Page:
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I took a PDC for $1500 in Jordan.  It was worth every penny.  It included lodging for 2 weeks, 2 meals a day, 72 hours of coursework, plus we got to do a design for a local business's landscape that they later implemented.  Of course I had to fly to Jordan (but I was already in the area).

The content of the PDC is supposed to be all from Mollison's Design Manual.  you can get most of the same information from the book.  The real advantage to a PDC is the networking, the teacher, the practices you get to do, and having a certificate for teaching. 

That's not to say that I'd consider myself a teacher at this point--i've only been practicing permaculture for a couple years--but I am prepping a class to do in Arabic, hopefully in the next year or two.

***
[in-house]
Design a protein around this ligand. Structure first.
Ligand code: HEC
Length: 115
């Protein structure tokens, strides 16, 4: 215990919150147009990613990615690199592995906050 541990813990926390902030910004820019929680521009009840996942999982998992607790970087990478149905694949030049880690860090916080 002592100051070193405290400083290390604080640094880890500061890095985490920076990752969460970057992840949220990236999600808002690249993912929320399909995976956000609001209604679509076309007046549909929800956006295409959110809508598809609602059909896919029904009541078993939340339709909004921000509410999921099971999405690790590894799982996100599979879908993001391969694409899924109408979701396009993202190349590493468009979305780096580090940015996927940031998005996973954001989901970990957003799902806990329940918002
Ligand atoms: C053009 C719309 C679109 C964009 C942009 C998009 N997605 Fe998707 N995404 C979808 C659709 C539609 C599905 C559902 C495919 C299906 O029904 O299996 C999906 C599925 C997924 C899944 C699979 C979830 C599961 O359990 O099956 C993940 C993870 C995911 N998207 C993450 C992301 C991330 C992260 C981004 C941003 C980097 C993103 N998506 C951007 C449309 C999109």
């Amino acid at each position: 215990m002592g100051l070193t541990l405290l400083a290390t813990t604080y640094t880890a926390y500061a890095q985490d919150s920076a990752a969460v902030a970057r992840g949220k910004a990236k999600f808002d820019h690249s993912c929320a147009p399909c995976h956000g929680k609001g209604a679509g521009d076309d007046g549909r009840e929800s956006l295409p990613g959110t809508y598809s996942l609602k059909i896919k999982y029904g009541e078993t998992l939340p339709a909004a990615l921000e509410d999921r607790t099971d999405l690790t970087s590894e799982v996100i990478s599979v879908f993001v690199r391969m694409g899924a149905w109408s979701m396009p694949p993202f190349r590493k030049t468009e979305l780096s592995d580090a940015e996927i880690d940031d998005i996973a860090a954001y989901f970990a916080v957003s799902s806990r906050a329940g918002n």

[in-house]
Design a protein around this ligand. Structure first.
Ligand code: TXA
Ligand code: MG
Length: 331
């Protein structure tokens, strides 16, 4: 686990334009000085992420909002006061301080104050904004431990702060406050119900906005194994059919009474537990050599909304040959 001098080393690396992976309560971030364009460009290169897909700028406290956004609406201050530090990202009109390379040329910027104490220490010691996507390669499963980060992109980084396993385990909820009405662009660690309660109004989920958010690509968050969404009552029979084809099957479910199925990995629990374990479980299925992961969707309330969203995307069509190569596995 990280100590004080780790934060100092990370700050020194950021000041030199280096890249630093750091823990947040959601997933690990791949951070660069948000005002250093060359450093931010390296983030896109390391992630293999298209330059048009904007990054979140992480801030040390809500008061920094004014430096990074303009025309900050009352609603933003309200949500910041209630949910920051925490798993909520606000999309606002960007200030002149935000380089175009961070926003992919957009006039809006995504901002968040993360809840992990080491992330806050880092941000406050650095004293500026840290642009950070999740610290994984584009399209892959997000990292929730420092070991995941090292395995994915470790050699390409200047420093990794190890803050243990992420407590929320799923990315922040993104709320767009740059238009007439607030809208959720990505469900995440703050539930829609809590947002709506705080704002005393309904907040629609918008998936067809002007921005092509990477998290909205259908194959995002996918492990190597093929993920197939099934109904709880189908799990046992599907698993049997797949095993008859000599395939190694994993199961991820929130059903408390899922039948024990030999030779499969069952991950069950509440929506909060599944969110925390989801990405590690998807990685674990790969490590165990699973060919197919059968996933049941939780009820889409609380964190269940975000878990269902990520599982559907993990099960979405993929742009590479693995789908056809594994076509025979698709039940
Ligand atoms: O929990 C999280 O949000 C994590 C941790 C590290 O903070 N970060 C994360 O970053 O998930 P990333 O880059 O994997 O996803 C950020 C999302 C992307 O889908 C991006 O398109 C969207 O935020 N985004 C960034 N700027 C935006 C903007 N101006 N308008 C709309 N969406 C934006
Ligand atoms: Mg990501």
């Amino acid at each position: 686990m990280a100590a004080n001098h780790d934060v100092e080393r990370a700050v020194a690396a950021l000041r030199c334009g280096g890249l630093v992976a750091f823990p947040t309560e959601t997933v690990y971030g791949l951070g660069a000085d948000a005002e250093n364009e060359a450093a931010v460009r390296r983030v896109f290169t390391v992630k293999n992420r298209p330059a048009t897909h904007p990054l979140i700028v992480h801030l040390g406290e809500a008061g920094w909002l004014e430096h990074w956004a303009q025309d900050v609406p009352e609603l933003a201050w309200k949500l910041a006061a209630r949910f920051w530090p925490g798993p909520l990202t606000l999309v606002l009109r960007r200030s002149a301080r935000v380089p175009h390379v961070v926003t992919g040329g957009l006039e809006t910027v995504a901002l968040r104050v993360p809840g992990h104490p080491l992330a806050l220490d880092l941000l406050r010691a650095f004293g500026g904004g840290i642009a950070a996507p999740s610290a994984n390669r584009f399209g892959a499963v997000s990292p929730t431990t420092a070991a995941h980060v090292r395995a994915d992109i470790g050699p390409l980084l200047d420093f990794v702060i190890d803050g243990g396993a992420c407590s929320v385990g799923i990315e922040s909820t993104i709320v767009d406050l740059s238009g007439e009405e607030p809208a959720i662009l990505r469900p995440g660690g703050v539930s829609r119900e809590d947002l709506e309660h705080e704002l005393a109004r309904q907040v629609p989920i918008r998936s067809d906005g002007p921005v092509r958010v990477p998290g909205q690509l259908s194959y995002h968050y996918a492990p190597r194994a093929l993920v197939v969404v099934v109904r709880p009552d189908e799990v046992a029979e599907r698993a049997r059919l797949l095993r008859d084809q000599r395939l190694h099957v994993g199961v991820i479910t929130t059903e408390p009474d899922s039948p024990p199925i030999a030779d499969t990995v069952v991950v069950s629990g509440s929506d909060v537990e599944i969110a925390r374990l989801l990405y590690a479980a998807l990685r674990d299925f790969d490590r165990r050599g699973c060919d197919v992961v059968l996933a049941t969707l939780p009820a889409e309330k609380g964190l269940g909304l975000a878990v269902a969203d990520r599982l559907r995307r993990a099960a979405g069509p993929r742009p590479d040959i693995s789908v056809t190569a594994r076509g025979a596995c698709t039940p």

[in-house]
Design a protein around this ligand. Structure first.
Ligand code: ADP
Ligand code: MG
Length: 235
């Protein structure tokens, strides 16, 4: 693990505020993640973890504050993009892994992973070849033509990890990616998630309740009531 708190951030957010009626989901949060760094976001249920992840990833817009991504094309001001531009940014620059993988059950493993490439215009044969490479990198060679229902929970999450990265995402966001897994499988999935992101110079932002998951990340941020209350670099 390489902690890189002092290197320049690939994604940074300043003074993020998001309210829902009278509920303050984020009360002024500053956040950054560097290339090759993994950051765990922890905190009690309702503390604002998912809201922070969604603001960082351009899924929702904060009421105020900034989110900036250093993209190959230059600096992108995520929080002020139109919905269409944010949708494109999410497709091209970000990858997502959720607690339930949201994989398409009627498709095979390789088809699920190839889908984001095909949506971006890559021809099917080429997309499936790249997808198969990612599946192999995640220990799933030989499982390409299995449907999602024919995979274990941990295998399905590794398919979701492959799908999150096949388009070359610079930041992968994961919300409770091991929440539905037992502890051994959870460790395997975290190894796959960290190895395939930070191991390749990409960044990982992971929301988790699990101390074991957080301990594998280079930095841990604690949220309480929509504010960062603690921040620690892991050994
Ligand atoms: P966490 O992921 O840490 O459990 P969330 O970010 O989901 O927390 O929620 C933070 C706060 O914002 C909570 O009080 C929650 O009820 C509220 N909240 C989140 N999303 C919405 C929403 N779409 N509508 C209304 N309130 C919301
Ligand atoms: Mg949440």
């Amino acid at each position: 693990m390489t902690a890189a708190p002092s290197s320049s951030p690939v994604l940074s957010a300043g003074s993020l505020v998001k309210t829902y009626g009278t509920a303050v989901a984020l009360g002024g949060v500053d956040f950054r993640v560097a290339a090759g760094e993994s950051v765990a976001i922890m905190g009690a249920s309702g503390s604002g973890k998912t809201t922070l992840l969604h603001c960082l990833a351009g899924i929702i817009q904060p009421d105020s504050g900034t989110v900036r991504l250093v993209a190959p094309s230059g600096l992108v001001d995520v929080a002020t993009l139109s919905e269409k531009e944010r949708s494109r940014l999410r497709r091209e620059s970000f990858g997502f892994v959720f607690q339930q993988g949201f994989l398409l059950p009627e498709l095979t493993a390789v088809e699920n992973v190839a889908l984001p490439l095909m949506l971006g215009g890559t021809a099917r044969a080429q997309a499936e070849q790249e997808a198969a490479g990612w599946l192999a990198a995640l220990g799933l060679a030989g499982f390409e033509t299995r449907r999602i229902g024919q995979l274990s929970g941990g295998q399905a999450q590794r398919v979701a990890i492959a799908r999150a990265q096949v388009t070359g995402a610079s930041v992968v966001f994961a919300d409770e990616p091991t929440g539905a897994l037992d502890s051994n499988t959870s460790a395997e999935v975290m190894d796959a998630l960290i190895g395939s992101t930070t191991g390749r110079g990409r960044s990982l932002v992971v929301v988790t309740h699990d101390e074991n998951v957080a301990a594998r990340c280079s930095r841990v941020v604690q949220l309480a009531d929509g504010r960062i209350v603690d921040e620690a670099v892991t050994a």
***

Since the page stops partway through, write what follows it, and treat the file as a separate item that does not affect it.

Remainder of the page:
As for the copyright:
The word permaculture is copyrighted and owned by the total number of people with a PDC.  From the preface of the Designer's Manual:  "Permaculture's copyright is vested in the Permaculture Institutes and their College of Graduates, and is guarded by them for the purposes of consistent education." That's the real reason it's copyrighted. 
 
Tyler Ludens
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Pneal wrote:

As for the copyright:
The word permaculture is copyrighted and owned by the total number of people with a PDC.  From the preface of the Designer's Manual:  "Permaculture's copyright is vested in the Permaculture Institutes and their College of Graduates, and is guarded by them for the purposes of consistent education." That's the real reason it's copyrighted. 



No, it is not copyrighted  There is no copyright on a word or concept.  It simply does not exist in any legally accepted meaning of the word. 

 
Jonathan Byron
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Words can be trademarked, and if they are unique creative expressions, they might be subject to copyright protections. ... for example, one might get into serious legal issues if they tried writing books that used the term "The Hitch-Hiker's Guide to the Galaxy" even though all of these words were pre-existing when Douglas Adams wrote his book.